Too slow to act: Sportsbet fined $13,000 for failing to protect customer

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Australia’s largest corporate bookmaker, Sportsbet, has been fined more than $13,000 over its failure to intervene when a new customer went on a 24-hour betting spree in 2019.

The Northern Territory Racing Commission issued a decision notice on Friday which found Sportsbet had allowed one of its customers to deposit more than $15,000 over a 24-hour period less than a week after the customer opened their betting account in October 2019.

The commission found Sportsbet failed to intervene until the customer reached the group’s “red flag” threshold of depositing more than $20,000 in a single month, a milestone he reached the week he opened the account.

The Northern Territory Racing Commission admitted in February its fines for corporate bookmakers pale in comparison with the $50 billion industry it tries to regulate.Credit: Phil Carrick

The customer lodged a complaint against Sportsbet in the hope the Northern Territory Racing Commission would find that all or some of the bets they placed between October 1 and October 6 were unlawful, so the wagerer would have to return some or all of the monies back to them.

The complainant also lodged similar proceedings against another wagering group Bet365. The commission found that although Sportsbet did eventually take the correct action, it failed to escalate the consumer behaviour quickly enough, resulting in thousands of dollars in losses for the customer.

“Sportsbet did fail to identify that the complainant was wagering for an extended period of time without a break and that this period of wagering differed to his previous wagering activity with Sportsbet [albeit that he had only been a customer of Sportsbet for some four days before this wagering activity took place and therefore Sportsbet had a limited customer history with which to
compare],” the decision notice said.

Sportsbet employs about 32,000 people and holds about 50 per cent of the Australian betting market. Its annual profit in 2022 was $1.5 billion. The group has been vocal about its new consumer protection technology, which it recently offered to share with competitors to make the overall gambling experience safer at a recent parliamentary hearing into gambling harm.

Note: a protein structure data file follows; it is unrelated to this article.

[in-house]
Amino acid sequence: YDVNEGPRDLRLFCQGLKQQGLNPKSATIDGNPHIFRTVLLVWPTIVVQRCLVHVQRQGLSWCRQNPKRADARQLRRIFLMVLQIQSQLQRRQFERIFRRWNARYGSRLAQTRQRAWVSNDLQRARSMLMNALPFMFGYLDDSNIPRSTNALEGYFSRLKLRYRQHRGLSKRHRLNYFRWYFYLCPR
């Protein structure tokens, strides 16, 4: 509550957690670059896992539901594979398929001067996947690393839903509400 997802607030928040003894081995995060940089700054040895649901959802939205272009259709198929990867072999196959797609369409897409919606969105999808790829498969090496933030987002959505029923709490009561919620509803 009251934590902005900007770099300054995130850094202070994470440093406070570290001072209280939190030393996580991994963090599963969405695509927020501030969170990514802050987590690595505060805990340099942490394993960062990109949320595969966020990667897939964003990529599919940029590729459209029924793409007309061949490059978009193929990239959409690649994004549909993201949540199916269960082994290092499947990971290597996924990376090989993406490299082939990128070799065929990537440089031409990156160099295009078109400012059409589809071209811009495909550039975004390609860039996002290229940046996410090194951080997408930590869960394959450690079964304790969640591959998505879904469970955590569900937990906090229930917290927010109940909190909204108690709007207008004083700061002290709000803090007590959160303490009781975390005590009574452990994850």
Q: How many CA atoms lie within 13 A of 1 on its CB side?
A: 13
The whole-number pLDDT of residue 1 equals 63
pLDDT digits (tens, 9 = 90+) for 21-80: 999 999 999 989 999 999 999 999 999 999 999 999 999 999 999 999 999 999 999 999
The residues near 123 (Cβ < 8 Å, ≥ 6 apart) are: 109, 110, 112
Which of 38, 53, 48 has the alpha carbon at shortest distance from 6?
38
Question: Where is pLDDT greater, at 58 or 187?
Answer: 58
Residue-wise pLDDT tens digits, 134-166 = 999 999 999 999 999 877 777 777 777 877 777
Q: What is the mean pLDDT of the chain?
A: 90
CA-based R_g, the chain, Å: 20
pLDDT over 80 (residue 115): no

A Sportsbet spokesperson said that the commission acknowledged Sportsbet took “appropriate” steps in suspending the customer’s account, but its consumer protection had developed since the complaint was lodged.

“We recognise that in this instance we should have engaged with the complainant earlier than we did,” the spokesperson said. “In the three-and-a-half years since this matter occurred, Sportsbet has made further significant investments in safer gambling technology and has advanced its practices.”

The Northern Territory Racing Commission is the regulator for almost all sports betting companies in Australia and admitted in February its fines for corporate bookmakers pale in comparison with the $50 billion industry it tries to regulate.

The commission’s chair, Alastair Shields, told the parliamentary inquiry into online gambling harm in February the fine threshold is one of the issues the NT government’s five-year review of the surrounding gambling legislation will seek to address.

The commission has not suspended any gambling operators since 2018 but said the threat of suspension was enough to improve operators’ behaviour.

Earlier this year, Sportsbet paid a record infringement notice of $2.5 million after the Australian Communications and Media Authority found it sent more than 150,000 marketing text messages and emails to more than 37,000 consumers who had attempted to unsubscribe.

The group said at the time it was committed to ensuring past failings were not repeated.

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